Social Work 1A06
Aging and Ageism
How are age and oppression linked?
- As with other oppressions we use categories to gain and maintain power – in our society the elderly are
stereotyped and treated in ways that allow us to gain power and control over them.
o Eg. The elderly are a drain on the economy
- The young are also categorized in this way and we have stereotypes and structures that make it more
difficult to be young
Ageism and our Older Population
- Aging is also connected with an increase in health issues and disability. So the elderly are often dealing
with dual oppressions
- Although one of our stereotypes is that both elderly and those with disabilities are wear, frail and useless,
the vast majority of the elderly (and disabled) are self-sufficient and contribute to society in many ways
- Most older people are poor
- Most older people are frail and in poor health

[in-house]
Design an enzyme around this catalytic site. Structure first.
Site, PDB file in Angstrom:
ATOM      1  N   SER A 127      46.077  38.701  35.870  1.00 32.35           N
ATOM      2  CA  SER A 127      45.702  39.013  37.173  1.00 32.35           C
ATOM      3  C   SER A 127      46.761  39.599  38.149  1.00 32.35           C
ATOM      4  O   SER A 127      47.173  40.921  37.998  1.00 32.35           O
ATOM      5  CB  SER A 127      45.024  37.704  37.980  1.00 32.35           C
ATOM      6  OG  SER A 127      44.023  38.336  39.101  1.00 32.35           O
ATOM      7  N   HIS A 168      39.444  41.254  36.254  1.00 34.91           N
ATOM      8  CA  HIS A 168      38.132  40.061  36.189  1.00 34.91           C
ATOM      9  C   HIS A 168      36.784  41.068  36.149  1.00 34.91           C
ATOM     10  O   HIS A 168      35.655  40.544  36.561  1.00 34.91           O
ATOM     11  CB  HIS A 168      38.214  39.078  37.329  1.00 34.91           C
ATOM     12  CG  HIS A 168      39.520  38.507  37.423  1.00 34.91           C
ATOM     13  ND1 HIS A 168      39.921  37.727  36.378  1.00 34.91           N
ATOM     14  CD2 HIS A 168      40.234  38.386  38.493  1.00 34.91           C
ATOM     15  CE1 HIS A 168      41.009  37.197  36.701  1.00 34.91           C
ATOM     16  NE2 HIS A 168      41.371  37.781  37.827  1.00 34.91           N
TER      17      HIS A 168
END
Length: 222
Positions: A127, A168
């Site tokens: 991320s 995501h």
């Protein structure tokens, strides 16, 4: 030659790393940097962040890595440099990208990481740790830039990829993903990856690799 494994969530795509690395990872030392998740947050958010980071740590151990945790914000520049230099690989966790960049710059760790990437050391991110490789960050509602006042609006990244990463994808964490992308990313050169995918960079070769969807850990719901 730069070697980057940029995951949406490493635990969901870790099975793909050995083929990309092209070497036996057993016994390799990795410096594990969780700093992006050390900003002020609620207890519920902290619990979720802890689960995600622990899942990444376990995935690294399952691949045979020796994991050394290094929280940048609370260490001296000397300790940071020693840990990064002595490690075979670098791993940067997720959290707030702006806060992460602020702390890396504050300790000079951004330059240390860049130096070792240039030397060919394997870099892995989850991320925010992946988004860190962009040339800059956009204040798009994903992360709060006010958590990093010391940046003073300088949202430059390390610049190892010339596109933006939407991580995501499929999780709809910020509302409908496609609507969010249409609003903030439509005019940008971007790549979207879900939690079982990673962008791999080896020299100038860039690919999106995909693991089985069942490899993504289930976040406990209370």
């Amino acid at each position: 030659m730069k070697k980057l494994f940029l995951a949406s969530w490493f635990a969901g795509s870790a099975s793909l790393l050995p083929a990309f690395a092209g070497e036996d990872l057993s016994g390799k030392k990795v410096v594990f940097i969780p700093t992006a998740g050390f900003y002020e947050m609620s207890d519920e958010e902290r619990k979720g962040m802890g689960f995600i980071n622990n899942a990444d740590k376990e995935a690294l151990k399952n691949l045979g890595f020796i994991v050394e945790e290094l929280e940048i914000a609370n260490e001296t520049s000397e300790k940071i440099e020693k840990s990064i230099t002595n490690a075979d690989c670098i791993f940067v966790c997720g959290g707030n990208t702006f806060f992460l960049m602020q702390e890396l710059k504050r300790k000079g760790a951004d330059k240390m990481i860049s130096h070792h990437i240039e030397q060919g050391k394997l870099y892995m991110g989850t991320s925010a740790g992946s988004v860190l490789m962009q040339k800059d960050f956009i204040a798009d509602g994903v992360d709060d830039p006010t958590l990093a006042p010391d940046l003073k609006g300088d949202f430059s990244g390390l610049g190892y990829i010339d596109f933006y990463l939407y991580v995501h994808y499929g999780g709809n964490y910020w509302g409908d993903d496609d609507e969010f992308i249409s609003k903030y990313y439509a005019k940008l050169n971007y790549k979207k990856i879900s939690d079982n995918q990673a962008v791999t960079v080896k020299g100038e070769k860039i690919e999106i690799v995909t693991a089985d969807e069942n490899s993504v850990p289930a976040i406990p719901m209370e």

- The aged are important as a political force and require advocacy
- Most older people are inadequate employees
- Older people are mentally slower and more forgetful; they are less able to learn new things
- Older people tend to be intellectually rigid and dogmatic
- Most old persons are set in their ways and unable or unwilling to change
- A majority of older people are socially isolated and lonely
- Most are disengaging or disengaged from society
- Most older people are confined to long-term care
- The aged are relatively well off; they are not poor but in good economic shape. Their benefits are
generously provided by working members of society.
- The aged are a potential political force that votes and participates in unity and in great numbers
- Older people make friends very easily. They are kind and amiable. Most older people are mature,
experienced, wise and interesting.
- Most older people are good listeners and are especially patient with children
- A majority of older people are very kind and generous to their children and grandchildren.
- In 1997, more than three quarters of seniors living at home viewed their health as good, very good or
excellent, while only 6% reported their health as poor
- This is true for all older age groups; good health was reported by eight out of ten aged 65 to 74, and seven
of ten seniors aged 85 or more
- But seniors do utilize health care more often than younger people and their hospital stays are longer February 4/2013
- This could be address